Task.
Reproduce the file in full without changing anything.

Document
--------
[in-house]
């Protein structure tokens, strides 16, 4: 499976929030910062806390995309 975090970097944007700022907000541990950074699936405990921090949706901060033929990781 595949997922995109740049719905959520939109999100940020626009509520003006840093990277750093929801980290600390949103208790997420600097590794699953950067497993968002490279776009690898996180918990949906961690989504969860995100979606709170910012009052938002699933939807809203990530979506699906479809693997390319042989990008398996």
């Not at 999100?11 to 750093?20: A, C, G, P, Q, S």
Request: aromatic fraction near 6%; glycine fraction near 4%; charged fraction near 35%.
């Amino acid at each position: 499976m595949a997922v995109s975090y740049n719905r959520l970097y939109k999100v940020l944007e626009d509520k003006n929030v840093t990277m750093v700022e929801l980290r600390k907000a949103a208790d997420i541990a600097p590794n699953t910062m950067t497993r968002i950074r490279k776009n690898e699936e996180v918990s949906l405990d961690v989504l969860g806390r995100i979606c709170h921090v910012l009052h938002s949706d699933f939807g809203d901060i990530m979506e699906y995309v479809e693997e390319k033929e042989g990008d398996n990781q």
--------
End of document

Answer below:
[in-house]
């Protein structure tokens, strides 16, 4: 499976929030910062806390995309 975090970097944007700022907000541990950074699936405990921090949706901060033929990781 595949997922995109740049719905959520939109999100940020626009509520003006840093990277750093929801980290600390949103208790997420600097590794699953950067497993968002490279776009690898996180918990949906961690989504969860995100979606709170910012009052938002699933939807809203990530979506699906479809693997390319042989990008398996």
């Not at 999100?11 to 750093?20: A, C, G, P, Q, S």
Request: aromatic fraction near 6%; glycine fraction near 4%; charged fraction near 35%.
């Amino acid at each position: 499976m595949a997922v995109s975090y740049n719905r959520l970097y939109k999100v940020l944007e626009d509520k003006n929030v840093t990277m750093v700022e929801l980290r600390k907000a949103a208790d997420i541990a600097p590794n699953t910062m950067t497993r968002i950074r490279k776009n690898e699936e996180v918990s949906l405990d961690v989504l969860g806390r995100i979606c709170h921090v910012l009052h938002s949706d699933f939807g809203d901060i990530m979506e699906y995309v479809e693997e390319k033929e042989g990008d398996n990781q």